Opéra féerie (plural, opéras féeries) is a French genre of opera or opéra-ballet based on fairy tales, often with elements of magic in their stories. Popular in the 18th century, from the time of Jean-Philippe Rameau onwards, the form reached its culmination with works such as La belle au bois dormant by Michele Carafa and Cendrillon by Nicolas Isouard at the beginning of the 19th century.
The distantly related English genre of "fairy opera" includes Gilbert and Sullivan's Iolanthe. Earlier in the 19th century, James Planché had popularised the "fairy comedy".
The German genre of Märchenoper (fairy-tale opera), though similar in subject matter, has its roots in Italian opera.
- Zémire et Azor, music by André Grétry (1771)
- Cendrillon (1810) and Aladin ou la Lampe merveilleuse (1822), music by Nicolas Isouard, libretti by Charles-Guillaume Étienne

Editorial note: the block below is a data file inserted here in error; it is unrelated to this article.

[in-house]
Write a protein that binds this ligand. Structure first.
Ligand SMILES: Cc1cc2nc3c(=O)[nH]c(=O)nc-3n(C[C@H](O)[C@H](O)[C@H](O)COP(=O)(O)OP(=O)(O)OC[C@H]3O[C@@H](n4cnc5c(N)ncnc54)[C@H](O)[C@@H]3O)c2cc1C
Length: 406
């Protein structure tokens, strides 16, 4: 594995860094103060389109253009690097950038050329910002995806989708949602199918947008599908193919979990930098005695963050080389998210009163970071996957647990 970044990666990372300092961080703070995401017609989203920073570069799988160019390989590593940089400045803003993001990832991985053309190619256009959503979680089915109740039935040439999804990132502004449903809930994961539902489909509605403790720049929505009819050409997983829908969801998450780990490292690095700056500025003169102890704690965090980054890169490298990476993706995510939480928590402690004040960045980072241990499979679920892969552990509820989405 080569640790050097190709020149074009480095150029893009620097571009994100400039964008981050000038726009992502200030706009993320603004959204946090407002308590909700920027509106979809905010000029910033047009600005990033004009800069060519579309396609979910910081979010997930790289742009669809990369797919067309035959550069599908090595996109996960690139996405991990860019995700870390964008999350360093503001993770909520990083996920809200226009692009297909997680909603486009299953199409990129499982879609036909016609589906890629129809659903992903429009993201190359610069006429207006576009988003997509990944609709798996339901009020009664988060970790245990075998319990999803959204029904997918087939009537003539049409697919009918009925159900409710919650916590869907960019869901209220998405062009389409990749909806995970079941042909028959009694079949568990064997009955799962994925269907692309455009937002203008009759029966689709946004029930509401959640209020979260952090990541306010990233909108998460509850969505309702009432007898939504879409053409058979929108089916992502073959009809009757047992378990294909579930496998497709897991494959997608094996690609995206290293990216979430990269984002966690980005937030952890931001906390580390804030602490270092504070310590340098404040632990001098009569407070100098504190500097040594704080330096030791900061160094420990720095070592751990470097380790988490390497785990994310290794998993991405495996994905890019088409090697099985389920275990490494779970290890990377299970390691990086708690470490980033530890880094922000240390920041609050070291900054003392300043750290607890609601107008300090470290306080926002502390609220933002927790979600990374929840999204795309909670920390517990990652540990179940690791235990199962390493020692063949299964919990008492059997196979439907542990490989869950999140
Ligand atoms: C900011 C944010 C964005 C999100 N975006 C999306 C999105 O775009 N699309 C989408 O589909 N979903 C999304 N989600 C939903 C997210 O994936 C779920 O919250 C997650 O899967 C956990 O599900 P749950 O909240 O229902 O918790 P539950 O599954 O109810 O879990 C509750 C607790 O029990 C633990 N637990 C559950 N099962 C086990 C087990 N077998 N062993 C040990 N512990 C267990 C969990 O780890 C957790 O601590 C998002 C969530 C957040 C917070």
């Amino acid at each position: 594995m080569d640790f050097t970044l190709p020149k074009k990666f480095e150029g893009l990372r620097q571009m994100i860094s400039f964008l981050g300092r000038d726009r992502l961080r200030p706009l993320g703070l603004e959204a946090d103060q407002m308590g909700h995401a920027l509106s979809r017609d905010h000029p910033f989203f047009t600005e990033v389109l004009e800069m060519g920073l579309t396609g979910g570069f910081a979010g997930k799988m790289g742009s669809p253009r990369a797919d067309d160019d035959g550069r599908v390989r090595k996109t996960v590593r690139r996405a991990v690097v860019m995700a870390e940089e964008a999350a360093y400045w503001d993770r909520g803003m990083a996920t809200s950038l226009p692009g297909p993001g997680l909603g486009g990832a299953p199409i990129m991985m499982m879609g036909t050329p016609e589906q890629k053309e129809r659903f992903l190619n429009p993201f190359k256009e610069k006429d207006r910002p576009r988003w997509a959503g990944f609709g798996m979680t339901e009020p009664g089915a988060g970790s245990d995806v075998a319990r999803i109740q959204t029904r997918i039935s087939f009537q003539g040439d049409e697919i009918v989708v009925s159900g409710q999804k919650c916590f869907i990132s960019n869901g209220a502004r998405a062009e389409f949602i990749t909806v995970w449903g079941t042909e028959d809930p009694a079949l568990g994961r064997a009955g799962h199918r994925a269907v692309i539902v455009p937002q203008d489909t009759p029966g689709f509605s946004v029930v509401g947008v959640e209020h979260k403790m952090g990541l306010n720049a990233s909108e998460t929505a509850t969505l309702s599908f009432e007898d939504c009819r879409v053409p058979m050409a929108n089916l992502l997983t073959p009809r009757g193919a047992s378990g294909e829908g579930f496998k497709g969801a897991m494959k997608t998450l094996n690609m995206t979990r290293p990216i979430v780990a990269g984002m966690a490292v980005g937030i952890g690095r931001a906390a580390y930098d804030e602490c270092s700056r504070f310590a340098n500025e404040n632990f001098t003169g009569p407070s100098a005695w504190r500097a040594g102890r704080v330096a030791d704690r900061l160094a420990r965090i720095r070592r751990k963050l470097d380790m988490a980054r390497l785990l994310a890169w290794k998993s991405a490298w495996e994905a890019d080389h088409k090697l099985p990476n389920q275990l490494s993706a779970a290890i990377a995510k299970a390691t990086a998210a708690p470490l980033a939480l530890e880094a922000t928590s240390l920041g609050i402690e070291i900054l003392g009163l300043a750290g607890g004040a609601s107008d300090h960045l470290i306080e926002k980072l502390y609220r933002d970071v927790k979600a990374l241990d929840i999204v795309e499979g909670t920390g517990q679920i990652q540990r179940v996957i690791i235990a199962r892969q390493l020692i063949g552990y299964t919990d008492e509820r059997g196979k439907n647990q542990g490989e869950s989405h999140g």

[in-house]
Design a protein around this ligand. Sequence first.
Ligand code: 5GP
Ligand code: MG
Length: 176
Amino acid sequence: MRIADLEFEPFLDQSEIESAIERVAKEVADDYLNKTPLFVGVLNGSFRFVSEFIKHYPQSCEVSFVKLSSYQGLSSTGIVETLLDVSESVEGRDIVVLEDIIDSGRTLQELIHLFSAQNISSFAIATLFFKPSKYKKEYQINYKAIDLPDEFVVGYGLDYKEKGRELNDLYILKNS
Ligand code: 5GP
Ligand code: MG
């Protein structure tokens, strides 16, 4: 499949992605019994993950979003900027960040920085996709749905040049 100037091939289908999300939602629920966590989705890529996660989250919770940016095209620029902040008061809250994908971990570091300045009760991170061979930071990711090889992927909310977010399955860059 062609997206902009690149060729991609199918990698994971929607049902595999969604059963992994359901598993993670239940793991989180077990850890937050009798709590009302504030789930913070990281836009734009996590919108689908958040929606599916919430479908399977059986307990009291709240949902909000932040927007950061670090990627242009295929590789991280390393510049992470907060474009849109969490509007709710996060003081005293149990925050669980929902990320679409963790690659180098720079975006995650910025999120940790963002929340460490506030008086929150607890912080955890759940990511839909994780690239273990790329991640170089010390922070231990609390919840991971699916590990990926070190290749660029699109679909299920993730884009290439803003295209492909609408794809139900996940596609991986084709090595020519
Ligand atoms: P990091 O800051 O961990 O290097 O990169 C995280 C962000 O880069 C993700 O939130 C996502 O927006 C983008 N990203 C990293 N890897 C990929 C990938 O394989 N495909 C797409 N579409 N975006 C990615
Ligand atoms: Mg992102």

- Zirphile et fleur de myrte ou cent ans en un jour, music by Charles Simon Catel, libretto by Victor-Joseph Étienne de Jouy and Nicolas Lefebvre (1818)
- Le cheval de bronze, music by Daniel Auber (1835)
- La fée aux roses, libretto by Jules-Henri Vernoy de Saint-Georges and Eugène Scribe, music by Fromental Halévy, Paris, Théâtre de l'Opéra-Comique (1849)
- La chatte blanche by the Frères Cogniard (1852)
- Les amours du diable, by Jules-Henri Vernoy de Saint-Georges, music by Albert Grisar, Paris, Théâtre Lyrique (1853)
- Le roi Carotte (1872) and Le voyage dans la lune (1875), music by Jacques Offenbach (the latter in collaboration with Victorien Sardou)
- Bartlet, M Elizabeth C: Opéra féerie in 'The New Grove Dictionary of Opera', ed. Stanley Sadie (London, 1992) ISBN 0-333-73432-7